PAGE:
INTERNAL COMBUSTION ENGINE
The internal combustion engine is an engine in which the combustion of a fuel (normally a fossil fuel) occurs with an oxidizer (usually air) in a combustion chamber that is an integral part of the working fluid flow circuit. In an internal combustion engine (ICE) the expansion of the high-temperature and high-pressure gases produced by combustion apply direct force to some component of the engine. The force is applied typically to pistons, turbine blades, or a nozzle. This force moves the component over a distance, transforming chemical energy into useful mechanical energy. The first commercially successful internal combustion engine was created by Étienne Lenoir. ...view middle of the document...
Generally using fossil fuel(mainly petroleum), these engines have appeared in transport in almost all vehicles (automobiles, trucks, motorcycles, boats, and in a wide variety ofaircraft and locomotives).
Where very high power-to-weight ratios are required, internal combustion engines appear in the form of gas turbines. These applications include jet aircraft, helicopters, large ships and electric generators.
TYPES OF INTERNAL COMBUSTION ENGINE
Engines can be classified in many different ways: By the engine cycle used, the layout of the engine, source of energy, the use of the engine, or by the cooling system employed.
Internal combustion engines can be classified by their configuration.
Common layouts of engines are:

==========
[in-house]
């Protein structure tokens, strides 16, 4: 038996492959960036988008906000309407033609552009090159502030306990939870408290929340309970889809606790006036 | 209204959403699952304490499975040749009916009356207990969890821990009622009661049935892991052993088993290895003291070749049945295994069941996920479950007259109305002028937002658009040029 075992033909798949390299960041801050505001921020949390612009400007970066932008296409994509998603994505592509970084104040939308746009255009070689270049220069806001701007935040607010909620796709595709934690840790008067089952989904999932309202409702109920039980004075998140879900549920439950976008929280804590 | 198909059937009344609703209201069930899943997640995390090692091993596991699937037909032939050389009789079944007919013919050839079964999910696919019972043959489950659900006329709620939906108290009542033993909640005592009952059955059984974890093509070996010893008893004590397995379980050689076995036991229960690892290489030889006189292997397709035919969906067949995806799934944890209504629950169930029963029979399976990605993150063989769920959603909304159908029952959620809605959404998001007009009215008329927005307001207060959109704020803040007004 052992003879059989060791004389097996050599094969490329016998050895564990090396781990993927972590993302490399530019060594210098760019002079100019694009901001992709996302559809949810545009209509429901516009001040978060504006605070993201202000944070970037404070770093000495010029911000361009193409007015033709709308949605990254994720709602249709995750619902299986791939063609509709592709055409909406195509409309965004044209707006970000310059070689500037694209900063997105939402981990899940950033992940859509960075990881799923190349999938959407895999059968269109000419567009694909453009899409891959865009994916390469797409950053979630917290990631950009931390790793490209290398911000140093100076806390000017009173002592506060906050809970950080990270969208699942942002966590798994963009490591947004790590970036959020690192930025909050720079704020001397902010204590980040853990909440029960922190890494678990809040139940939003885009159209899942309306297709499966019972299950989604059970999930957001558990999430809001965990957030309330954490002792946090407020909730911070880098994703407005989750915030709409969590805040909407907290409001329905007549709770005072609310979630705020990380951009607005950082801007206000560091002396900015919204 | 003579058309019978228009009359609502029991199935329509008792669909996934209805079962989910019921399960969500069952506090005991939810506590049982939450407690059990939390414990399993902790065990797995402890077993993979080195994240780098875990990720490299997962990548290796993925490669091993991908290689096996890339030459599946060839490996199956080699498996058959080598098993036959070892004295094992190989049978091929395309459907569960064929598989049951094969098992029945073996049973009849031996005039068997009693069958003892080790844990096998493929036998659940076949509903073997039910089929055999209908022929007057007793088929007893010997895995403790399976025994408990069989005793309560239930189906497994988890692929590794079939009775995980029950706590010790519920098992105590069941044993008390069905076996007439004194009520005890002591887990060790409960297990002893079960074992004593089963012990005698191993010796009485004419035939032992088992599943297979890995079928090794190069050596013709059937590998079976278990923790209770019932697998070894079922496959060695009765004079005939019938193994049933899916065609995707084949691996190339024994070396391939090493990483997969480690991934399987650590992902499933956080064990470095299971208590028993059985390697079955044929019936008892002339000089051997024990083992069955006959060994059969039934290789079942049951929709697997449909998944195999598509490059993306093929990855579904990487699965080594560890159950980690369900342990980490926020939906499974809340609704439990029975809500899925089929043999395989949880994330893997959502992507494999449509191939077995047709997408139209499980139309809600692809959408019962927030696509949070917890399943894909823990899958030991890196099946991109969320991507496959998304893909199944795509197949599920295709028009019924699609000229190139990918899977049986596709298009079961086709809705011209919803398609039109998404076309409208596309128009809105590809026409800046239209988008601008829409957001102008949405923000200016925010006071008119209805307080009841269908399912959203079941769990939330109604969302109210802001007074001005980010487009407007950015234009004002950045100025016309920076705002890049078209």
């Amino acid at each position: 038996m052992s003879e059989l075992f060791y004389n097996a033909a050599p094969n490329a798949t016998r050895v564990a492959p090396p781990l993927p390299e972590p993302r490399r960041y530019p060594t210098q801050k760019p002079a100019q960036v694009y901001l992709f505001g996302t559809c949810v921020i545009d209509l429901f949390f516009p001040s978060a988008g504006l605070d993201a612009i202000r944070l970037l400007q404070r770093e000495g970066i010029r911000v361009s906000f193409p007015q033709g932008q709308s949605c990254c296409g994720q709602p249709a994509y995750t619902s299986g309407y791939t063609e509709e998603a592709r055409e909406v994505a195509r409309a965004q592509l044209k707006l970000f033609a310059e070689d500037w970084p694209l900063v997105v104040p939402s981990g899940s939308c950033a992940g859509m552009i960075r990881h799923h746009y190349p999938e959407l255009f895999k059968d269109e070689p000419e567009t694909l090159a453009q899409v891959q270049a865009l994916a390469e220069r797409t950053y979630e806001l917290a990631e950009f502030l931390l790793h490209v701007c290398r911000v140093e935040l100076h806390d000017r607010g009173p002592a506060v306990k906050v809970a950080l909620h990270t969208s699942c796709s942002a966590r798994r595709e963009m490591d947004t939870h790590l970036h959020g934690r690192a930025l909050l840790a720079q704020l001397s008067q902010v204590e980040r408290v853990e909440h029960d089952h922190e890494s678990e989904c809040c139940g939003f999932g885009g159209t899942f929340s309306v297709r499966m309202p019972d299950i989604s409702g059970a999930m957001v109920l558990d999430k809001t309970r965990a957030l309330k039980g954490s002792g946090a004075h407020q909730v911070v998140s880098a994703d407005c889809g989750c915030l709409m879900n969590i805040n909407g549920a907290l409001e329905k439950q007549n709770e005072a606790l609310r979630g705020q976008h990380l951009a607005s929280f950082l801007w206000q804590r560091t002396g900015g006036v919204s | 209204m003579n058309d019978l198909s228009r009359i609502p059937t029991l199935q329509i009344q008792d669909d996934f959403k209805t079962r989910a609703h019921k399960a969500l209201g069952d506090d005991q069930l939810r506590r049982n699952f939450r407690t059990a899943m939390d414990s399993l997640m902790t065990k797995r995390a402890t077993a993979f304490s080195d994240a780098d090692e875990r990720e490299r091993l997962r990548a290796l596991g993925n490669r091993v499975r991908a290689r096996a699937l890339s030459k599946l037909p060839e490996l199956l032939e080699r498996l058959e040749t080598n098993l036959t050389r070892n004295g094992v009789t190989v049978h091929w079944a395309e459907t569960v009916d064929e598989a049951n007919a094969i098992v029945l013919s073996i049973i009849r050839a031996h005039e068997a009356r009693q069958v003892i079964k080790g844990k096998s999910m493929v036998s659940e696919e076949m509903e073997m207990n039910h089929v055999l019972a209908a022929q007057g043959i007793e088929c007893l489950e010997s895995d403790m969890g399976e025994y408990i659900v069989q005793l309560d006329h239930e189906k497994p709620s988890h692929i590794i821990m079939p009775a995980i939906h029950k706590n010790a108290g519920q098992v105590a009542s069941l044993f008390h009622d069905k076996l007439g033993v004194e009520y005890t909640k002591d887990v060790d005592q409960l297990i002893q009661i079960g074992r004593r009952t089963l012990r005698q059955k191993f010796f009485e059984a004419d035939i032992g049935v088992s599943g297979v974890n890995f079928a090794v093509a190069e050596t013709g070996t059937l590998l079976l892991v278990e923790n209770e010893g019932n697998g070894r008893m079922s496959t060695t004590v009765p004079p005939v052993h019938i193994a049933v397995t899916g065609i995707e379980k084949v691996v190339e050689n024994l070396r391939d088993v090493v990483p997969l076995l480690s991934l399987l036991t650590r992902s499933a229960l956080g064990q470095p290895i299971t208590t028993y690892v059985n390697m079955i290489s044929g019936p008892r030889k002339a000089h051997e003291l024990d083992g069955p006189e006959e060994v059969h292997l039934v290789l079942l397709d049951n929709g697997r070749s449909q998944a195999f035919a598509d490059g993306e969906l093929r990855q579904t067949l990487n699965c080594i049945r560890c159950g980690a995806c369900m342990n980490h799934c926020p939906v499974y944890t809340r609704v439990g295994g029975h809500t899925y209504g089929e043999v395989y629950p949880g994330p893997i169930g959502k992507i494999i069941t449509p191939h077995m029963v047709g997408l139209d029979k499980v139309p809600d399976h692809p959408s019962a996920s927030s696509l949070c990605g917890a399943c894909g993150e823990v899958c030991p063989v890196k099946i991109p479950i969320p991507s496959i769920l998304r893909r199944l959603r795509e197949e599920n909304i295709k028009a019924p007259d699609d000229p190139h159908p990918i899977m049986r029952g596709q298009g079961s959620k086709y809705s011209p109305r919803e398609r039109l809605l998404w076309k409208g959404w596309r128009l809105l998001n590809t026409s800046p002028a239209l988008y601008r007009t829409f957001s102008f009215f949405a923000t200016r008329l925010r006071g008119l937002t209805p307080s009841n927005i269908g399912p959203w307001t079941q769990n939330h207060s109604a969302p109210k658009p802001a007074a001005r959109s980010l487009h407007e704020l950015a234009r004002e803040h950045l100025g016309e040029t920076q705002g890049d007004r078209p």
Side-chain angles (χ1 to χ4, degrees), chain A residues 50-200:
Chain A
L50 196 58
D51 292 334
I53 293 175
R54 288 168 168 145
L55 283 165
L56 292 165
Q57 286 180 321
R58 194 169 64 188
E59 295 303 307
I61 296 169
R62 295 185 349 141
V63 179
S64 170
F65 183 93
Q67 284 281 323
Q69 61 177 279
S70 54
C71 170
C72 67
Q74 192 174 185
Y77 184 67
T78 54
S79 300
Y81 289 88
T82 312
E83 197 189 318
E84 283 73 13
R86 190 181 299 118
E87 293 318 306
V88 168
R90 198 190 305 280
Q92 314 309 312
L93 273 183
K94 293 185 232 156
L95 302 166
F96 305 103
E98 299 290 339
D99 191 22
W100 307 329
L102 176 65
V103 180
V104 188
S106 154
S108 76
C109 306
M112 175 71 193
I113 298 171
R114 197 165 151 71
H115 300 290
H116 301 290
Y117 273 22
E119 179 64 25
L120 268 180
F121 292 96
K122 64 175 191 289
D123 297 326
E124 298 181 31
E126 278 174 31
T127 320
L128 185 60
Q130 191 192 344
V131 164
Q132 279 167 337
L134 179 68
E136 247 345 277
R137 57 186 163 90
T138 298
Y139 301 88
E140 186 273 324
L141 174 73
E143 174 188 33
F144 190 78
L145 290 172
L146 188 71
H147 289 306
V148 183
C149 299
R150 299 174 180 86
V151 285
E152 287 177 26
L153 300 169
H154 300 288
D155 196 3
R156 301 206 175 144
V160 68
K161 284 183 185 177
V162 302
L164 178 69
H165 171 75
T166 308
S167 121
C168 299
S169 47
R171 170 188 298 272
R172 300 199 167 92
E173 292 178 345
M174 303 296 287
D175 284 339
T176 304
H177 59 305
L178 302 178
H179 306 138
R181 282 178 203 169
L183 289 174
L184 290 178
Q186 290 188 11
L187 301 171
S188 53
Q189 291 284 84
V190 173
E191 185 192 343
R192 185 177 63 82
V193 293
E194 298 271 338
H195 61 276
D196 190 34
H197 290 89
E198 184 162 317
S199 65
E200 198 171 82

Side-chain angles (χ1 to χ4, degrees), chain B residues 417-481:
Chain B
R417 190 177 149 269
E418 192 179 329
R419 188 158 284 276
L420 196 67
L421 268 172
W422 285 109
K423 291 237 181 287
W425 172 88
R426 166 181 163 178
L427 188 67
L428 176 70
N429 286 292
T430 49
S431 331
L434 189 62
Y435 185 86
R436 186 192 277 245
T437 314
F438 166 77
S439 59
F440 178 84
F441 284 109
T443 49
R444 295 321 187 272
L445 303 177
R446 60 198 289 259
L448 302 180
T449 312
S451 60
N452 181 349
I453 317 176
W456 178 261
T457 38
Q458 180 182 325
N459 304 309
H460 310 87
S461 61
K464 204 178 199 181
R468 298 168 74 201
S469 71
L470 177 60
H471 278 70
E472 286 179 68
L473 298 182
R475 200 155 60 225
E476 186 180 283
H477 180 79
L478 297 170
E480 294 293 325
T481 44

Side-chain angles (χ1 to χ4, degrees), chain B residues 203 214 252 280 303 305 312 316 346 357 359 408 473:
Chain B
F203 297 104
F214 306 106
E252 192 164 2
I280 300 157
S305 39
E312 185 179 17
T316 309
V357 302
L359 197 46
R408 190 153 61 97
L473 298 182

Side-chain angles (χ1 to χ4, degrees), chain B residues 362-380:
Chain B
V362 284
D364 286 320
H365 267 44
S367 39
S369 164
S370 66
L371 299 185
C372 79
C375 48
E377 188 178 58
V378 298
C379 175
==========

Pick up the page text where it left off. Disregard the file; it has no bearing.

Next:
* Two-stroke engine
* Four-stroke engine (Otto cycle)
* Six-stroke engine
* Diesel engine
* Atkinson cycle
* Miller cycle
* Wankel engine
* Gas turbine
* Jet engine (including turbojet, turbofan, ramjet, Rocket, etc.)
As their name implies, four-stroke internal combustion engines have four basic steps that repeat with every two revolutions of the engine:
1. Intake stroke: The first stroke of the internal combustion engine is also known as the suction stroke because the piston moves to the maximum volume position (downward direction in the cylinder) creating a drop in pressure. The inlet valve opens as a result of the cam lobe pressing down on the valve stem, and the vaporized fuel mixture is sucked into the combustion chamber. The inlet valve closes at the end of this stroke.
2. Compression stroke: In this stroke, both valves are closed and the piston starts its movement to the minimum volume position (upward direction in the cylinder) and compresses the fuel mixture. During the compression process, pressure, temperature and the density of the fuel mixture increases.
3. Power stroke: When the piston reaches a point just before top dead center, the spark plug ignites the fuel mixture. The point at which the fuel ignites varies by engine; typically it is about 10 degrees before top dead center. This expansion of gases caused by ignition of the fuel produces the power that is transmitted to the crank shaft mechanism.
4. Exhaust stroke: In the end of the power stroke, the exhaust valve opens. During this stroke, the piston starts its movement in the maximum volume position. The open exhaust valve allows the exhaust gases to escape the cylinder. At the end of this stroke, the exhaust valve closes, the inlet valve opens, and the sequence repeats in the next cycle. Four-stroke engines require two revolutions.
Many engines overlap these steps in time; turbine engines do all steps simultaneously at different parts of the engines.
All internal combustion engines depend on combustion of a chemical fuel, typically with oxygen from the air (though it is possible to inject nitrous oxide to do more of the same thing and...